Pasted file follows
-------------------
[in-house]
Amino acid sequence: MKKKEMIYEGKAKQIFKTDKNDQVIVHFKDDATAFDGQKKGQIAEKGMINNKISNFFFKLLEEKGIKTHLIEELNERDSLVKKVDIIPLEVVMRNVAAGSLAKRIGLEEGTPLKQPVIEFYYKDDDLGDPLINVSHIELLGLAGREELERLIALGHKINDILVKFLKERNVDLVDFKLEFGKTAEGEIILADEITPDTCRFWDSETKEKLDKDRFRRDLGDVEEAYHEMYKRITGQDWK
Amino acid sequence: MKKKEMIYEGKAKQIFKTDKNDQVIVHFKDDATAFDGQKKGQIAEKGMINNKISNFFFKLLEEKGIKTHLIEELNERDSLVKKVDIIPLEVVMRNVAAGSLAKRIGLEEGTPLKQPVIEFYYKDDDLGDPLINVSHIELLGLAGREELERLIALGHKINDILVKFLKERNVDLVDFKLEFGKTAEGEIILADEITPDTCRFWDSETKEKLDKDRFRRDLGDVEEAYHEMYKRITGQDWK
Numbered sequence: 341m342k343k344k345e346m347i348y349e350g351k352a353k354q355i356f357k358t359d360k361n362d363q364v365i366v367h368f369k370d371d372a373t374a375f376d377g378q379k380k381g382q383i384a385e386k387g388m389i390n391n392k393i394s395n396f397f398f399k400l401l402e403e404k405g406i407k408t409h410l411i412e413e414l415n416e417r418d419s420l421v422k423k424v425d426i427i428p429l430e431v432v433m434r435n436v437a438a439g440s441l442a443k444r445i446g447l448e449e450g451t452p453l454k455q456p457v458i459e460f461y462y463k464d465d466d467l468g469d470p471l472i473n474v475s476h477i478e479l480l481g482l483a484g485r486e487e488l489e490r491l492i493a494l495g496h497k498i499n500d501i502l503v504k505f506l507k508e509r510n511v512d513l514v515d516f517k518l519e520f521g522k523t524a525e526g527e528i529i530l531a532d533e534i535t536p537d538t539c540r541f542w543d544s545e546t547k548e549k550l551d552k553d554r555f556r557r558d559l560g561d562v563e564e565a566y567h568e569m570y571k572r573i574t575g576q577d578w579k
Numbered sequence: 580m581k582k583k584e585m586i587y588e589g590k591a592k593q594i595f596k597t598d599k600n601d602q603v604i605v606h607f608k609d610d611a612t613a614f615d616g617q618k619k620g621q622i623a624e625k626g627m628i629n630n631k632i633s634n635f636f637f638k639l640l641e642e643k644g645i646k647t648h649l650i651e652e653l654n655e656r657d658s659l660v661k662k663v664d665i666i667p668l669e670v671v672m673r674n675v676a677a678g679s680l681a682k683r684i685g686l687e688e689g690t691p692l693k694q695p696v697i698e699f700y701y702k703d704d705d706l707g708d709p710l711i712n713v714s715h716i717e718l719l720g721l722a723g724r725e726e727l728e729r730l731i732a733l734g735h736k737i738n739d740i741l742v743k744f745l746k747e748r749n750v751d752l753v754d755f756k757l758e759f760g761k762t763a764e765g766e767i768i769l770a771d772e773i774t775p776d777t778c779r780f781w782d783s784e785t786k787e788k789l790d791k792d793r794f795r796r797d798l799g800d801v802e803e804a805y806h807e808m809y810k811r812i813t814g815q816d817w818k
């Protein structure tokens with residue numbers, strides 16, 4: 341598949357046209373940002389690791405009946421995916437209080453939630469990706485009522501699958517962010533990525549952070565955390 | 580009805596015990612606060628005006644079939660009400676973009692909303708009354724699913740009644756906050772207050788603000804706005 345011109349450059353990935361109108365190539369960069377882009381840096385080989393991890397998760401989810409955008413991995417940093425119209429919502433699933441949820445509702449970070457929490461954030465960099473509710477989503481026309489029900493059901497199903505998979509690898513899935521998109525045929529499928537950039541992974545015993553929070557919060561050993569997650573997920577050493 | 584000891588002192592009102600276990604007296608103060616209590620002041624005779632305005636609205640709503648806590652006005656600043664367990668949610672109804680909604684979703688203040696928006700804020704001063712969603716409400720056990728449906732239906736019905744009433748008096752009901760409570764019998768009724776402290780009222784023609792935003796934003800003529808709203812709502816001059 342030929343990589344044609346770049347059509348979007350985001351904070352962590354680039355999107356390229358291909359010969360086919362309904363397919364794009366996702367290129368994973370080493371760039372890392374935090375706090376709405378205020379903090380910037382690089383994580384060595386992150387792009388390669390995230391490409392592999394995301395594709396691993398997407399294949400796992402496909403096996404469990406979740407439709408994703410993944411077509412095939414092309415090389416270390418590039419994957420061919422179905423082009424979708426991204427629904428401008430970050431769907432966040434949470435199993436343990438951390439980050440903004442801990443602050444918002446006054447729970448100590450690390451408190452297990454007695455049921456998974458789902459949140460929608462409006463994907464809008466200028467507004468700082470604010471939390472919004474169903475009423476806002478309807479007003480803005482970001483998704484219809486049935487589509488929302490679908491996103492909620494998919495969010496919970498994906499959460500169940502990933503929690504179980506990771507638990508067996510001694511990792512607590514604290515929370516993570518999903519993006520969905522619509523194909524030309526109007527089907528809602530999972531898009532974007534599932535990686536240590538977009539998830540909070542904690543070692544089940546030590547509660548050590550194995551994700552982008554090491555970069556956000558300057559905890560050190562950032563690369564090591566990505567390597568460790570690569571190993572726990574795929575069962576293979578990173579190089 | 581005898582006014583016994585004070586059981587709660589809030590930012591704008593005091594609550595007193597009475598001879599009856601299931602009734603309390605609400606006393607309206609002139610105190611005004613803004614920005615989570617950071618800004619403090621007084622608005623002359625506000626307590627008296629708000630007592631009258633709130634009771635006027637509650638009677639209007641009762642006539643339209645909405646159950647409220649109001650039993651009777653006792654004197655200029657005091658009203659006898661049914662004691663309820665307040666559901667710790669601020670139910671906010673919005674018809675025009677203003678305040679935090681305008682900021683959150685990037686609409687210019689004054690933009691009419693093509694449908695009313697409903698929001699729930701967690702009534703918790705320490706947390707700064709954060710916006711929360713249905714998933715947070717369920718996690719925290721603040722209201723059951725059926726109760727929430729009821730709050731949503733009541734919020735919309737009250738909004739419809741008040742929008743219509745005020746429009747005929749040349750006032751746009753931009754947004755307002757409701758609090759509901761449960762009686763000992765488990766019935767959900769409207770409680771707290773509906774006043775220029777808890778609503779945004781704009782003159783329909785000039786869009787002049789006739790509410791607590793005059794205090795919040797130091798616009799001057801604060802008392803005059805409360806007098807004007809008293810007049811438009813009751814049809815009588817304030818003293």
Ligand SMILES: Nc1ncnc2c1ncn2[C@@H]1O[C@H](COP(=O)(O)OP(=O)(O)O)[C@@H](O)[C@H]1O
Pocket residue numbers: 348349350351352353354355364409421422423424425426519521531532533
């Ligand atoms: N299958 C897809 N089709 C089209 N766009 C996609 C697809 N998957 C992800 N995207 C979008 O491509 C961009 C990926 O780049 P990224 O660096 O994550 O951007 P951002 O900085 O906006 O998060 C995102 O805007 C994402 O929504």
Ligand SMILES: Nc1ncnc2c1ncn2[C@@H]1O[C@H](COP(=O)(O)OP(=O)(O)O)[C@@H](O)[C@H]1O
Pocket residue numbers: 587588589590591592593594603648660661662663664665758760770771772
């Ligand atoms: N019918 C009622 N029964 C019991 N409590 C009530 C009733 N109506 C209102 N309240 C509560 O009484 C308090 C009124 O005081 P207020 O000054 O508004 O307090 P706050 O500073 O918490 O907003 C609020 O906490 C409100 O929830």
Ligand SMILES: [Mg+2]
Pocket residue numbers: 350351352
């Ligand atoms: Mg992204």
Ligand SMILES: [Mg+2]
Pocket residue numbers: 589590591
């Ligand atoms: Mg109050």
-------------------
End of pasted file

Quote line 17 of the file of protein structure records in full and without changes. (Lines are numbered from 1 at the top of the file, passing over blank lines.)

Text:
Pocket residue numbers: 589590591